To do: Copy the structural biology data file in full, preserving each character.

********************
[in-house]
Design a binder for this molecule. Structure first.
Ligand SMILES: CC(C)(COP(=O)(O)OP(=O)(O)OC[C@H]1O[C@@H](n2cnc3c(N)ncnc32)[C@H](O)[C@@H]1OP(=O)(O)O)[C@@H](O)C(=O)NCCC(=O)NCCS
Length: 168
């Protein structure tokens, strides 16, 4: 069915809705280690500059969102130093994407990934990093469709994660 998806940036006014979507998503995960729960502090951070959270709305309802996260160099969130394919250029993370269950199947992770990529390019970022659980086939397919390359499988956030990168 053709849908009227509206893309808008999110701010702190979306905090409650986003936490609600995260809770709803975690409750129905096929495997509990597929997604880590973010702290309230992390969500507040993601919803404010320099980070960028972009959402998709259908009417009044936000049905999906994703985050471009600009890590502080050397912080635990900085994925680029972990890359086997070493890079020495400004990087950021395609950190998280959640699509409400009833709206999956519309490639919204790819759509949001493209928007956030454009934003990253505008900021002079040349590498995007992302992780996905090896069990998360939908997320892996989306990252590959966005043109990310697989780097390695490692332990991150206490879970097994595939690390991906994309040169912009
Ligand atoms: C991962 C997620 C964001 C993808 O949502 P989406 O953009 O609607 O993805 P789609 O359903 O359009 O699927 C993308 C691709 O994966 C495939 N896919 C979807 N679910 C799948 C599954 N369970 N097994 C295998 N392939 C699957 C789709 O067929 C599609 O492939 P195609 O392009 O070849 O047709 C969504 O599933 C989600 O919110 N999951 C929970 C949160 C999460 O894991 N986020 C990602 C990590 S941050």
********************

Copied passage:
[in-house]
Design a binder for this molecule. Structure first.
Ligand SMILES: CC(C)(COP(=O)(O)OP(=O)(O)OC[C@H]1O[C@@H](n2cnc3c(N)ncnc32)[C@H](O)[C@@H]1OP(=O)(O)O)[C@@H](O)C(=O)NCCC(=O)NCCS
Length: 168
């Protein structure tokens, strides 16, 4: 069915809705280690500059969102130093994407990934990093469709994660 998806940036006014979507998503995960729960502090951070959270709305309802996260160099969130394919250029993370269950199947992770990529390019970022659980086939397919390359499988956030990168 053709849908009227509206893309808008999110701010702190979306905090409650986003936490609600995260809770709803975690409750129905096929495997509990597929997604880590973010702290309230992390969500507040993601919803404010320099980070960028972009959402998709259908009417009044936000049905999906994703985050471009600009890590502080050397912080635990900085994925680029972990890359086997070493890079020495400004990087950021395609950190998280959640699509409400009833709206999956519309490639919204790819759509949001493209928007956030454009934003990253505008900021002079040349590498995007992302992780996905090896069990998360939908997320892996989306990252590959966005043109990310697989780097390695490692332990991150206490879970097994595939690390991906994309040169912009
Ligand atoms: C991962 C997620 C964001 C993808 O949502 P989406 O953009 O609607 O993805 P789609 O359903 O359009 O699927 C993308 C691709 O994966 C495939 N896919 C979807 N679910 C799948 C599954 N369970 N097994 C295998 N392939 C699957 C789709 O067929 C599609 O492939 P195609 O392009 O070849 O047709 C969504 O599933 C989600 O919110 N999951 C929970 C949160 C999460 O894991 N986020 C990602 C990590 S941050």